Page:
Waltz With Bashir
Here’s a movie that was one of the major upsets of the 2009 Oscar ceremonies. It was considered a shoo-in to win for Best Foreign Film, but it lost out to a Japanese entry. I wonder why? Possibly the stodgy old Academy members just couldn’t get behind an animated movie as Best Foreign Film. Or possibly, since it is an Israeli film that doesn’t depict Israel in a good light, the large number of Jews in the Academy didn’t go for it. Which would be odd, as it has been generally lauded in Israel; most of the criticism it got objected that it went too easy on the Israeli Army and its leaders who, during the war in Lebanon and the massacres at the Sabra and Shatila refugee camps, looked the other way as “Christian” Phalangists slaughtered whole families, mostly women and children.
It wasn’t on the ballot for Best Animated Feature, and what would have been the point, anyway? WALL-E had a lock on that. I haven’t seen the Japanese film that won, but I’ll tell you something: Waltz With Bashirwas not only the best Foreign film of the year, I think it may very well be the best film of 2008, period. Better than Slumdog Millionaire, better than WALL-E, both films I loved madly. I say this not because I believe it is a perfect movie—it is sometimes a little slow, and I agree with some critics that it may not have brought its central message home as powerfully as it might have, nor with the focus it should have had. But these are very minor carps. What this movie does is so rare it is almost beyond price: It shows you something you’ve never seen before. An animated movie about war? (Let’s banish that word “cartoon” completely for this movie.) You’ve got to be kidding. And it’s basically a documentary, as well, another genre that wouldn’t seem to agree well with the animator’s pen. But the animation format allows the director to do things he could not have done with live action … or at least could not have afforded, even with a much larger budget than he had. This film is ravishingly beautiful, even as it is horrific. The colors are amazing. He often uses only one or two colors in a scene, and the effect is electrifying.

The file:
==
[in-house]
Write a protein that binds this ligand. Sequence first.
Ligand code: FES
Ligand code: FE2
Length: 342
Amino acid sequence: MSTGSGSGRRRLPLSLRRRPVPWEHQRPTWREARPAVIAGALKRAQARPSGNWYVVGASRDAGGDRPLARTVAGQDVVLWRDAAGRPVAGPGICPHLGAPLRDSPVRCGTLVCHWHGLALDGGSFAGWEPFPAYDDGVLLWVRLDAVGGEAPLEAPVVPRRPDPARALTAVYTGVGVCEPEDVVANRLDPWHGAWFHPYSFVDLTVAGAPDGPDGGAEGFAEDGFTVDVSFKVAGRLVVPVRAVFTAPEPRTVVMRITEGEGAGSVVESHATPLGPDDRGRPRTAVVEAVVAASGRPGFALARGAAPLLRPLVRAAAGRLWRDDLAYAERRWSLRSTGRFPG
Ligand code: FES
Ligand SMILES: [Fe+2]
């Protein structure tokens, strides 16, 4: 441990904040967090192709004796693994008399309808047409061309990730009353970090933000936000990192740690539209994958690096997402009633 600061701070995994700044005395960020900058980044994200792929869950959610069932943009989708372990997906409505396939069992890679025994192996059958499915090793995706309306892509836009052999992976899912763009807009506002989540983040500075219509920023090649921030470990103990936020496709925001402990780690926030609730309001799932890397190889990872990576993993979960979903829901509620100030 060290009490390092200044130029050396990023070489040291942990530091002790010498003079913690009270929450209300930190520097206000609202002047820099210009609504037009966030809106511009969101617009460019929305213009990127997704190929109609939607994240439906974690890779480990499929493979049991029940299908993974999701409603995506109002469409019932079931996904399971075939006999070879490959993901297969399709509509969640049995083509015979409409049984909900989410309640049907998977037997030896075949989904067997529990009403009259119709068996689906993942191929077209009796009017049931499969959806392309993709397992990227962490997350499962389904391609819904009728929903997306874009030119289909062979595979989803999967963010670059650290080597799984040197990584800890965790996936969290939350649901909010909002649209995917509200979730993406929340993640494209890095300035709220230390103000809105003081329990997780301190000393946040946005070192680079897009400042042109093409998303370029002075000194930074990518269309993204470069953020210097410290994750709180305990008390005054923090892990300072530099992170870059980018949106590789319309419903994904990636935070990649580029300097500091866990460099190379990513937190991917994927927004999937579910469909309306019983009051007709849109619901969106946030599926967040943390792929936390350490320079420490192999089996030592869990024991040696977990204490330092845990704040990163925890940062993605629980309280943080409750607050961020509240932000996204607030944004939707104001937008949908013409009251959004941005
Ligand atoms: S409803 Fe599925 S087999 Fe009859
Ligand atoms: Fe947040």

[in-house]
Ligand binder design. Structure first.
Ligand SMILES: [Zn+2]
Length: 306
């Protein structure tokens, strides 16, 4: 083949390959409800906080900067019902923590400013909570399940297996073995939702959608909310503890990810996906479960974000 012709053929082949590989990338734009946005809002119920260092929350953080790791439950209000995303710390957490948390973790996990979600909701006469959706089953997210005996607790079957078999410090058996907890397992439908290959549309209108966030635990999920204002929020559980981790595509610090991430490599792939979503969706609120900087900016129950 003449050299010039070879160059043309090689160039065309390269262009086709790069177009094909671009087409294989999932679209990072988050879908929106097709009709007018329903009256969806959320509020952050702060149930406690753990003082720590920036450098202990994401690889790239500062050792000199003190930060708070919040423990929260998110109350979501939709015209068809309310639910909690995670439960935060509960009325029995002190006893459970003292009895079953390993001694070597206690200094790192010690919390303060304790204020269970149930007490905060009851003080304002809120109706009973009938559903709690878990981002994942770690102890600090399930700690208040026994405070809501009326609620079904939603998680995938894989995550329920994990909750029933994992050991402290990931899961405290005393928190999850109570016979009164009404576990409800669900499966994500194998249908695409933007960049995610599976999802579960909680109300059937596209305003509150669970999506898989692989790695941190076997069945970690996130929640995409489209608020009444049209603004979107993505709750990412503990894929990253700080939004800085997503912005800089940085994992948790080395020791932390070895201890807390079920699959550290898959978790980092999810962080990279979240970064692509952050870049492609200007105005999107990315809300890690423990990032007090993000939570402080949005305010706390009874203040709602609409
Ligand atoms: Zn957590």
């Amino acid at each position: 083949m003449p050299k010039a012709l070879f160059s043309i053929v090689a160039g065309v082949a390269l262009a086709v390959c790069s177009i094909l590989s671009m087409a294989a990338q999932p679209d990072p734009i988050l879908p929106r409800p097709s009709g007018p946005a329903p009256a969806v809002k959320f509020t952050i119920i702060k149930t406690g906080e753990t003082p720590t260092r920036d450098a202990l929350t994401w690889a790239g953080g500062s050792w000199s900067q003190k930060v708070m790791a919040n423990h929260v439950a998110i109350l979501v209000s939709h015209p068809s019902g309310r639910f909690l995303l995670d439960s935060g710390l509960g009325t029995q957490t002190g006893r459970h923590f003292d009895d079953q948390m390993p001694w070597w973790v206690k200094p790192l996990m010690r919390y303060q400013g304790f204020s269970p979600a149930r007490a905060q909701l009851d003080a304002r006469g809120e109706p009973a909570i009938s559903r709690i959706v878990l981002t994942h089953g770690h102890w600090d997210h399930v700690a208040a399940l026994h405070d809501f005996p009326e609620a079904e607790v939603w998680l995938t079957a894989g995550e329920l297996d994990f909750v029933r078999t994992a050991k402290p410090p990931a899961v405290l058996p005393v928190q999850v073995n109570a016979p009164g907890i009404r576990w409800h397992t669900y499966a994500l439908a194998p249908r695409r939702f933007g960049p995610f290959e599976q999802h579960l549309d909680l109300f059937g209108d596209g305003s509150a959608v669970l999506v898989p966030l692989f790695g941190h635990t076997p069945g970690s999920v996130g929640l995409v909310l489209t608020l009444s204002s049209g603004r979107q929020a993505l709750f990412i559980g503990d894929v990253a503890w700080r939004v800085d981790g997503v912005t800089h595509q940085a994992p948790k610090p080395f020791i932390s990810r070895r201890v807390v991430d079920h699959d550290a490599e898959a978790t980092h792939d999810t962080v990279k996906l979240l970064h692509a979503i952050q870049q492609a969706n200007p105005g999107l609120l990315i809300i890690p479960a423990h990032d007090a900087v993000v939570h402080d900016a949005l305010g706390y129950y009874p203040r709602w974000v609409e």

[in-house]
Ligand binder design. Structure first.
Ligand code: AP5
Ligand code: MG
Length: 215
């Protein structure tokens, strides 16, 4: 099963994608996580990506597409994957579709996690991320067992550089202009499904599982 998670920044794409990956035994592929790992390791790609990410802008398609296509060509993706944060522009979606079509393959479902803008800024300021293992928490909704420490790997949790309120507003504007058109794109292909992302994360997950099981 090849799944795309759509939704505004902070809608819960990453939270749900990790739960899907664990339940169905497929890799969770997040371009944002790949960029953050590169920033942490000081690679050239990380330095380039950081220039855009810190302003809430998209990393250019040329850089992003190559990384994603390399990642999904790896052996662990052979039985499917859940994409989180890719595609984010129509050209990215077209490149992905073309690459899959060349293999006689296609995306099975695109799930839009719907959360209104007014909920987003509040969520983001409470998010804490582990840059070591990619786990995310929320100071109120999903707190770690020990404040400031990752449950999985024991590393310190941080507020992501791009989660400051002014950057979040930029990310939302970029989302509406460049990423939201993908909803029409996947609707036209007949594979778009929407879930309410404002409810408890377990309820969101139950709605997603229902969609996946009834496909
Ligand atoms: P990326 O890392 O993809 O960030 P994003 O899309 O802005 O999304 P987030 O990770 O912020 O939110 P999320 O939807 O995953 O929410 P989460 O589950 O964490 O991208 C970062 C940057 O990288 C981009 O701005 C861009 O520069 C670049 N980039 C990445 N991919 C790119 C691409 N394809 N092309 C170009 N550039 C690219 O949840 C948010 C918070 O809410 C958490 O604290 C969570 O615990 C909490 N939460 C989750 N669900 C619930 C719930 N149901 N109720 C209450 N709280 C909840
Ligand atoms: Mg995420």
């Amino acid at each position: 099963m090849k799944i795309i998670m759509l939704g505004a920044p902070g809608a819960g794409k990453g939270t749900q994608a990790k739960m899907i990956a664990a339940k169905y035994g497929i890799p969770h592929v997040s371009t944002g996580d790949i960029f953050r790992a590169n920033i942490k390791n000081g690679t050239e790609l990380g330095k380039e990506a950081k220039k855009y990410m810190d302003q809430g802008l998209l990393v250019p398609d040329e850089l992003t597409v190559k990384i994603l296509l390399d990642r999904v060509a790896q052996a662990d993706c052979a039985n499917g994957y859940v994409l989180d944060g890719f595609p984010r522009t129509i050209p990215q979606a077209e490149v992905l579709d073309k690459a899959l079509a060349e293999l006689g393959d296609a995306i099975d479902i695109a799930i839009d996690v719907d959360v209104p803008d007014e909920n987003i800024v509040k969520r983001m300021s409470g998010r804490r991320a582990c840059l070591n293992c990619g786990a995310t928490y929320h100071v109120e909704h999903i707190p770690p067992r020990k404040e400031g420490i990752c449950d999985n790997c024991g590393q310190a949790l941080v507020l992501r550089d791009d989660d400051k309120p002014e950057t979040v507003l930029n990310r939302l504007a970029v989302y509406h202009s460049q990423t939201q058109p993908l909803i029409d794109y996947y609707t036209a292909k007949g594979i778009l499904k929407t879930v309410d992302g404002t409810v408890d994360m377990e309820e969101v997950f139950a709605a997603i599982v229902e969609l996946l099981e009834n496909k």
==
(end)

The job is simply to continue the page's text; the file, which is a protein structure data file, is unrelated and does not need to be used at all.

What happens, briefly: The director, Ari Folman, was a young man in the Army during the First Lebanon War. He knows he was near the massacre at the Palestinian camps, but he can’t recall what he did. He sets out on a voyage of discovery, visiting old friends he hasn’t seen in years, finding out what they remember. (These are all real people, who were filmed as they testified, and then drawn in a graphic novel style. No rotoscoping in this movie! the head animator emphasizes.) Then their experiences are shown, in both realistic and dream-like fashion. How much is true? How much is memory to be relied on? This incident was the first time the Israeli Army was seen by even the Western powers as something less than admirable, and Israelis are ashamed of it. It was condemned as genocide by the United Nations. (Which, to me, it clearly was not. Massacre, yes. Atrocity, yes. Genocide, no. And what do we make of the fact that the Christian Phalangists, who did the actual killing, were never accused of genocide, nor even condemned very harshly?)
That’s all I really care to say about all that. I prefer to see the movie as an exquisite work of art, like nothing I’ve ever seen before. A warning: Some scenes are hard to watch, but it would be wrong of you to look away from them. “Never Again” is a saying that applies to more than just the Holocaust.